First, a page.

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CONTENTS

ABSTRACT
I.

INTRODUCTION

II.

CLIMATE CHANGE

III.

AIR POLLUTION

IV.

WATER QUALITY AND AVAILABILITY

V.

LAND-USE CHANGE

VI.

ENVIRONMENTAL IMPACT OF ENERGY TECHNOLOGY OPTIONS

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A.
B.
C.
D.
E.
F.
G.
H.
I.
J.
K.
L.
M.

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11
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12
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13
14
14
15
15
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Energy Efficiency
Nuclear Power
Shale Gas
Conventional Coal
Clean Coal
Oil and Natural Gas
Hydroelectricity
Wind Energy
Solar Photovoltaics
Solar Thermal
Geothermal
Biomass
Biofuels

VII. CONCLUSIONS

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REFERENCES

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ABSTRACT

Four environmental dimensions of energy securityclimate change, air pollution,


water availability and quality, and land-use changeand the environmental impact of
13 energy systems on each are discussed in this paper. Climate change threatens more
land, people, and economies in Asia and small Pacic island states than any other part
of the planet. Air pollution takes a substantial toll on national health-care expenditures
and economies in general. Of the 18 megacities worldwide with severe levels of total
suspended particulate matter emissions, 10 are in Asia. Regarding water availability and
quality, hydropower, nuclear power, and thermal power account for 10% to 15% of global
water consumption, and the volume of water evaporated from reservoirs exceeds the
combined freshwater needs of industry and domestic consumption. In the domain of
climate change, rising sea levels could contaminate freshwater aquifers possibly reducing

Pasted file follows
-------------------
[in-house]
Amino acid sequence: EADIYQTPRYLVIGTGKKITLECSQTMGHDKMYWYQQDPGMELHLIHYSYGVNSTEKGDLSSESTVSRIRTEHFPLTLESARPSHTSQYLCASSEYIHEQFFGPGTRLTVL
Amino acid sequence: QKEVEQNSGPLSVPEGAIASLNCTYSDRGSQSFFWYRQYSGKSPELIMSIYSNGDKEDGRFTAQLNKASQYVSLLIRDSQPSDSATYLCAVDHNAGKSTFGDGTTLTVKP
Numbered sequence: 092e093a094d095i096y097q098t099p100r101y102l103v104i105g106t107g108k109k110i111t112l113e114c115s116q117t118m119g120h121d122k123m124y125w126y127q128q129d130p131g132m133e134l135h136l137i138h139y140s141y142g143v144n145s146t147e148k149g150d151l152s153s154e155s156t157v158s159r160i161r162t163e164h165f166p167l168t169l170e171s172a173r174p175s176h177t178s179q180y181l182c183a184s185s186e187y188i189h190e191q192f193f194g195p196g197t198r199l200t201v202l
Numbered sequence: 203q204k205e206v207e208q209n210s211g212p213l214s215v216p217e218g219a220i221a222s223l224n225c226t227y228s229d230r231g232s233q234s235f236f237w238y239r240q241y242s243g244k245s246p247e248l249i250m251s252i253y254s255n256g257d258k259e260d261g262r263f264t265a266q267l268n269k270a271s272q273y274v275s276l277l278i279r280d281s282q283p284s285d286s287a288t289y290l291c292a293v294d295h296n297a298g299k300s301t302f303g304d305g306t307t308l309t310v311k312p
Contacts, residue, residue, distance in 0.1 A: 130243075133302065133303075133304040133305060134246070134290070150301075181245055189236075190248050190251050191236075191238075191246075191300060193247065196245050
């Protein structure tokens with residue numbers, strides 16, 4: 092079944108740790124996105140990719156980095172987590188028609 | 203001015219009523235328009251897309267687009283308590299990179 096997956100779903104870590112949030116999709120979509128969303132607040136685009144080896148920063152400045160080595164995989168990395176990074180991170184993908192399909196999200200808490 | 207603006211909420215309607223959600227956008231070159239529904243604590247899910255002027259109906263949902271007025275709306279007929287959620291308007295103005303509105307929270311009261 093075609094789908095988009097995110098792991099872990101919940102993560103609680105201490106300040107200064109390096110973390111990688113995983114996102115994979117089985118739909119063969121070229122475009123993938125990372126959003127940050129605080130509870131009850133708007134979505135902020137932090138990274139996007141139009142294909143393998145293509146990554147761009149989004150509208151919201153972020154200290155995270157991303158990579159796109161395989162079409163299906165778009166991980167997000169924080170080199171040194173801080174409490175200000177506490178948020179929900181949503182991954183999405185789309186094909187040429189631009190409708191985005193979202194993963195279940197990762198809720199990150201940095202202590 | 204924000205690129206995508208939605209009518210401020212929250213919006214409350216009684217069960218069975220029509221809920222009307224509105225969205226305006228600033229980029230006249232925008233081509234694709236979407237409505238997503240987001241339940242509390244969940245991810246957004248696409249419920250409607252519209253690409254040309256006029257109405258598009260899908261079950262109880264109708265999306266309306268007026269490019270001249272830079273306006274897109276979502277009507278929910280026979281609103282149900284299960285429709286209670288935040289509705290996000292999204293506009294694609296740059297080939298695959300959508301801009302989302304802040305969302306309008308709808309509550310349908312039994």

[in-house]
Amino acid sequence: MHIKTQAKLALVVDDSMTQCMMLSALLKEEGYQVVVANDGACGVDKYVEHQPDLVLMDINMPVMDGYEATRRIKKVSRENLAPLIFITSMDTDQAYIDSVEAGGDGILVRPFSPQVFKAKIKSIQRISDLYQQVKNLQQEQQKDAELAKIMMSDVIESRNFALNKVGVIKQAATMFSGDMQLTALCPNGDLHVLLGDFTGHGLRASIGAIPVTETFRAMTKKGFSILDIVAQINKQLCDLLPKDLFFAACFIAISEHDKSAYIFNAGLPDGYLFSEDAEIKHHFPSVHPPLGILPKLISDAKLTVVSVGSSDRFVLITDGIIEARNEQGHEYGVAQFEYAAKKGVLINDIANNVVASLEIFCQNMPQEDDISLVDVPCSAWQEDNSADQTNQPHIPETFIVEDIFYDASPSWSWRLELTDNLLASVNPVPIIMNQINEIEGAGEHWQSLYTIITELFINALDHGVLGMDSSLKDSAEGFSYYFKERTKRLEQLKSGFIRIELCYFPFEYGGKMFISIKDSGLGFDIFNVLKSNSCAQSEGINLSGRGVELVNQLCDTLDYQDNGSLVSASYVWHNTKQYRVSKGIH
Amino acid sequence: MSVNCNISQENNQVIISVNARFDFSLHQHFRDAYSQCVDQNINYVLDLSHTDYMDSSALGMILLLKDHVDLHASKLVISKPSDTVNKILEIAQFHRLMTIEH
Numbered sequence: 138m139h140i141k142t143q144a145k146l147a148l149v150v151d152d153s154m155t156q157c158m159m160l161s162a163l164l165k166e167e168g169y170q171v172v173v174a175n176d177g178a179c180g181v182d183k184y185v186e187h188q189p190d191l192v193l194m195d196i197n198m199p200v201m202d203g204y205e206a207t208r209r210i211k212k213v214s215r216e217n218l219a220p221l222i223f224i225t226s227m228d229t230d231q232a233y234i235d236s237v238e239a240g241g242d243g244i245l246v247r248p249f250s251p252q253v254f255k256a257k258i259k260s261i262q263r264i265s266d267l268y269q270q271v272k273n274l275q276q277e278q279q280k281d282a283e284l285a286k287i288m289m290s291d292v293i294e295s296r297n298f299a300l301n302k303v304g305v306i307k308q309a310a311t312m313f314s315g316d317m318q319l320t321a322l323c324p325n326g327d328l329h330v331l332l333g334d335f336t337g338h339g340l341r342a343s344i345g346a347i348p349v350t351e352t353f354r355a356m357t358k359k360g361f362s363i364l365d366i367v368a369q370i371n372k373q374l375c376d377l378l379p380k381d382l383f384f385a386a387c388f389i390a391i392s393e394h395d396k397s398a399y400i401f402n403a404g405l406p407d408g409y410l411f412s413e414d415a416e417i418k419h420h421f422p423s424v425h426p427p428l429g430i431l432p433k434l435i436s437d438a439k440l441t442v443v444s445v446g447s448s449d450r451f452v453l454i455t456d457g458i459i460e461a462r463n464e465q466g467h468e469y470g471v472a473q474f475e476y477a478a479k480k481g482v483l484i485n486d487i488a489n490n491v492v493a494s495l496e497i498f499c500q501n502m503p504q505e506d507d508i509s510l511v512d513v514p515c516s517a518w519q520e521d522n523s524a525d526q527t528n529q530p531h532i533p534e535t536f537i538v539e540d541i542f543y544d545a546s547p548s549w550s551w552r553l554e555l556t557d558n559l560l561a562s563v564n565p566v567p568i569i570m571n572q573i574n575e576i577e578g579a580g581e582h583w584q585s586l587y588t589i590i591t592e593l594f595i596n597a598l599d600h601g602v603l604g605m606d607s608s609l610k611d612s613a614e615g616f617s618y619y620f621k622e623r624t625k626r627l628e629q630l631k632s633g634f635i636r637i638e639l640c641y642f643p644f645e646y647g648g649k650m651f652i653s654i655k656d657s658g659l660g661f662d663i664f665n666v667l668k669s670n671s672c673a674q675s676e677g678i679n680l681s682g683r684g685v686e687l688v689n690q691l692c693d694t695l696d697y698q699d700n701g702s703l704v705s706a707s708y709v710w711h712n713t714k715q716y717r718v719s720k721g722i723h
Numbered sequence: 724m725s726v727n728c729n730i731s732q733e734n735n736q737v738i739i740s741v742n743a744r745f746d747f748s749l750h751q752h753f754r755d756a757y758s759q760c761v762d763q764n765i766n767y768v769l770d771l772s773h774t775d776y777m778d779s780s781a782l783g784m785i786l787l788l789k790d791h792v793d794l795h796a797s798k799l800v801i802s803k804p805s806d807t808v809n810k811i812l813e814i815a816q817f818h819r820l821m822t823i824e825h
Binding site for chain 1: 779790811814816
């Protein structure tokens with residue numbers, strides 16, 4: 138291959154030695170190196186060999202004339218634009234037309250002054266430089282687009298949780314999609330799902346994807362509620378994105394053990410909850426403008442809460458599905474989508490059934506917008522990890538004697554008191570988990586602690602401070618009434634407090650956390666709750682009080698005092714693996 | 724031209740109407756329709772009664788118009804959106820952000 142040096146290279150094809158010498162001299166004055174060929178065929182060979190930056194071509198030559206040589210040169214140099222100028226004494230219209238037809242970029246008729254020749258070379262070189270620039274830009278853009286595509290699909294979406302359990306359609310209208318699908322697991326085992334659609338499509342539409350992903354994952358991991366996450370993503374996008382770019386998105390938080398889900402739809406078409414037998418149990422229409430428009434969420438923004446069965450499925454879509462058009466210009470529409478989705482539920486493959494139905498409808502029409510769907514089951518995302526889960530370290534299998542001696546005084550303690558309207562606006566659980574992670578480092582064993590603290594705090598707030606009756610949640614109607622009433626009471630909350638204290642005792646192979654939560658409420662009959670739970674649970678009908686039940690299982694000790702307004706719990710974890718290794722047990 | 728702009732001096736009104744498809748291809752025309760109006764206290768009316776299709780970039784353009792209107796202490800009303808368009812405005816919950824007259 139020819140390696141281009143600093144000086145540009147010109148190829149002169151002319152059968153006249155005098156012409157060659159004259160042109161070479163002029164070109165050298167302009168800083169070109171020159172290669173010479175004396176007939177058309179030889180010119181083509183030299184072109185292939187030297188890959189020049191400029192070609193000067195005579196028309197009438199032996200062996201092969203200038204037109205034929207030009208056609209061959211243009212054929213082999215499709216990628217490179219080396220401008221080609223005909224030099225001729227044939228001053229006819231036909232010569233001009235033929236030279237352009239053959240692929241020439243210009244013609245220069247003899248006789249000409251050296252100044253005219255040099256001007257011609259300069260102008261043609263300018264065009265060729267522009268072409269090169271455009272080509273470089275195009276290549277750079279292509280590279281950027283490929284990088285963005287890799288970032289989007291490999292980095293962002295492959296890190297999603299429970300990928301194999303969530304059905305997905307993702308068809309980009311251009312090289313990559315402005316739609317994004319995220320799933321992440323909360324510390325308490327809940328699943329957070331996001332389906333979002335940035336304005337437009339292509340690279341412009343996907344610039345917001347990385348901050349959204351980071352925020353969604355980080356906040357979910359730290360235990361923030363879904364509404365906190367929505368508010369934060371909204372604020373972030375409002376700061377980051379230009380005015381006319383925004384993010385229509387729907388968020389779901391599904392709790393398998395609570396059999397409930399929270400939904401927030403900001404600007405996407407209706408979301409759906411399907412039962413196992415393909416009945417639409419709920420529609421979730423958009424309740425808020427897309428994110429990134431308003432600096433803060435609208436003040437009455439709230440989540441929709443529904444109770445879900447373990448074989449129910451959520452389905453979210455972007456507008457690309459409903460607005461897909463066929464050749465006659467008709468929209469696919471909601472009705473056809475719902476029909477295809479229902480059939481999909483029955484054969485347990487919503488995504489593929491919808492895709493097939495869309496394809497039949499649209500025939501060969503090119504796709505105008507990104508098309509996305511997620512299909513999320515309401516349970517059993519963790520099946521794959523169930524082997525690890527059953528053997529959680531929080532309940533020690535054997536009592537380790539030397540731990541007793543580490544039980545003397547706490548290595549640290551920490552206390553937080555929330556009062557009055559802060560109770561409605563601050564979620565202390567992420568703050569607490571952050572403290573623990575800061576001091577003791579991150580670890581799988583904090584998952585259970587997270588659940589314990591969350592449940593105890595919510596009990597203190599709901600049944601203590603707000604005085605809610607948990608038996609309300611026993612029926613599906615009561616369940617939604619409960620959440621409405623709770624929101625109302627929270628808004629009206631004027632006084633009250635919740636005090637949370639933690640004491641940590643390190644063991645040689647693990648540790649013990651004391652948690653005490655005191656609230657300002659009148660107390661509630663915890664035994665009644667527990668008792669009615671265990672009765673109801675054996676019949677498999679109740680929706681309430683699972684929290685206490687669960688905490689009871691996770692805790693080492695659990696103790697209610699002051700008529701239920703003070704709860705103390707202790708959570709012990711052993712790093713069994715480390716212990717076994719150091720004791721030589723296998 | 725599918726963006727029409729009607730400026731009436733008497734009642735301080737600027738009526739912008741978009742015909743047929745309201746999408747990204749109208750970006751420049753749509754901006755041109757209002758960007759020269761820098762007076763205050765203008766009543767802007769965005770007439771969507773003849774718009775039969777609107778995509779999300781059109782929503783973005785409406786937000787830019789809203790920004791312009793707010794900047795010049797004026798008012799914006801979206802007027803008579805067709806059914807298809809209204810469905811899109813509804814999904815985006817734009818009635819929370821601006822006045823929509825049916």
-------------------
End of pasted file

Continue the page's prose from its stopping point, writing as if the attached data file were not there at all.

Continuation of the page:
potable water supplies by 45%. Changes in land use for fuelwood collection and biofuel
production in Southeast Asia have resulted in deforestation at 5 times the global average
and 10 times the average for the rest of Asia. Policymakers must begin to incorporate
the cost of these negative consequences into energy prices.
Keywords: environment, water policy, climate change, energy security, Asia-Pacic
JEL: Q40, Q43, Q51

Asias Energy Adequacy, Environmental Sustainability, and Affordability: An Overview

I. INTRODUCTION
This study explores the intersection of environmental constraints, climate change, and energy security
in Asia and the Pacic. Although environmental sustainability has only recently emerged as an energy
policy issue, the magnitude of energy impacts on environmental systems suggests strong links to energy
security. The unchecked growth in fossil energy consumption and the ensuing acceleration of global
climate change as well as related air and water pollution act as threat multipliers impinging on national
security globally. These environmental dimensions are just a subset of a larger array of environmental
concerns that threaten energy security including land pollution, forestry, and biodiversity loss.1 Table 1
summarizes the four environmental dimensions of energy security in Asia and the Pacic discussed in
this chapter: climate change, air pollution, water availability and quality, and land-use change.
Table 1: Environmental Dimensions of Energy Security in Asia and the Pacic
Dimension

Link To Energy Security

Climate Change

Climate change is a threat multiplier in terms


of energy security.
Mass migrations of refugees seeking asylum
from ecological disasters could destabilize
regions of the world threatening energy as well
as national security.

A total of 66.5% of global carbon dioxide


emissions come from energy supply and
transport.

Air Pollution

Deterioration of environmental conditions can


negatively impact human and ecological health
with signicant numbers of premature deaths
related to indoor and outdoor air pollution and
signicant expenditures lost in terms of lost
productivity and healthcare.

About 80% of global sulfur dioxide


emissions, 80% of particulate matter
emissions, and 70% of nitrogen oxide
emissions come from the energy and
transport sectors.

Water Availability and


Quality

Lack of available safe drinking water can


destabilize the security of a region.
Because fossil, hydro, and nuclear power
plants consume large quantities of freshwater,
shrinking supplies of water could threaten the
ability to provide electricity and the ability of
nations to feed themselves.

In all, 25% of global water supply is lost due


to evaporation from reservoirs and another
10%15% of global freshwater is used in
thermoelectric power plants.

Land-Use Change

Deforestation can cause social dislocation,


increase the cost of fuelwood, destroy
biodiversity, and conict with agriculture and
the preservation of nature reserves.

At least 15% of land-use change is caused


by the direct clearing of forests for fuelwood
and the expansion of plantations for energy
crops.

Source: Modied from Brown and Dworkin (2011).

Energy Contribution To The Problem

Brown and Dworkin 2011.